This page provides source code that solves some common programming problems.
All the code has been written, compiled and tested using Microsoft Visual C++ 5.0.
This code accepts a single free format string that is intended to represent a date,
perhaps entered by a user. It will then attempt to convert that string into a valid
internal representation of a date, that is, a time_t value.
These following constants govern the behaviour when an ambiguous date is provided:
- “221099” will be interpreted as the 22nd of October 1999
- “15-Jan” will be interpreted as the 15th of January 2000
- “1/5/1901” will be interpreted as the 1st of May 1901
See the comments in the source code for more information.
- CENTURY_BREAK — determines the point in time at which a two digit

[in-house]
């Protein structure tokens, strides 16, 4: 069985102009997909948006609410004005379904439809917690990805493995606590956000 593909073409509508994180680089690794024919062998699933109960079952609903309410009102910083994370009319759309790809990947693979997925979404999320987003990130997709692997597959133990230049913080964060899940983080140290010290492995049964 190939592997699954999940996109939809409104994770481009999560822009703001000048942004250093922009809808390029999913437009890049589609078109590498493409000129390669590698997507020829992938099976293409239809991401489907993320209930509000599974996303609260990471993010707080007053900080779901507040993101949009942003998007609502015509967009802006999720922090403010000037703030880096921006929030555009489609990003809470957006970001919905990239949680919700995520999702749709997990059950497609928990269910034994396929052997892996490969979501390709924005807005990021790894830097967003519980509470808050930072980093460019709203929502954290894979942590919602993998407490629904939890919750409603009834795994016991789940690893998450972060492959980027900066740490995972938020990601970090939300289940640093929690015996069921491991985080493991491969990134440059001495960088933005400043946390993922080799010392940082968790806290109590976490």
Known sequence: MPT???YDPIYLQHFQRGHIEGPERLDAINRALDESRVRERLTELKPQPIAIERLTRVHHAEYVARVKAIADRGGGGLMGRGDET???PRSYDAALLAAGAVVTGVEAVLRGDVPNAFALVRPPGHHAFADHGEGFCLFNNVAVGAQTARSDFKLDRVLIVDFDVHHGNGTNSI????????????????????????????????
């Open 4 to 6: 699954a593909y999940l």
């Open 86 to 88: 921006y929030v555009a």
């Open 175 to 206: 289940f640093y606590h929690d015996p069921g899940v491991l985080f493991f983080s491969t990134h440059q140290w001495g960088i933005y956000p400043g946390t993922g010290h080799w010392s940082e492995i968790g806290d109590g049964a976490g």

year starts being interpreted as a year in the past rather than in the future.
- DATE_ORDER — determines the order in which day, month and year
components must be entered.
- This code only caters for dates. Times are not interpreted.
- Other date and time parsing code written in C can be found on the
comp.lang.c newsgroup. The names of some other source files and
functions include parsdate.c, parse.c, strptime.c and makeTime.
This code makes it possible to set or get a sequence of up to 32 bits in a string of
unsigned characters, ie. bytes. The following two functions are available:
- SetBits — must be provided with a string (unsigned char *), a bit offset
which is zero based, the number of bits to set and an unsigned long used
as the source of the bits to set.
- GetBits — must be provided with a string (unsigned char *), a bit offset
which is zero based, the number of bits to get and an unsigned long which
will be filled with the bits from the string.
- This code only allows for setting or getting of up to 32 bits at once.
- No account has been taken of little or big endianness.
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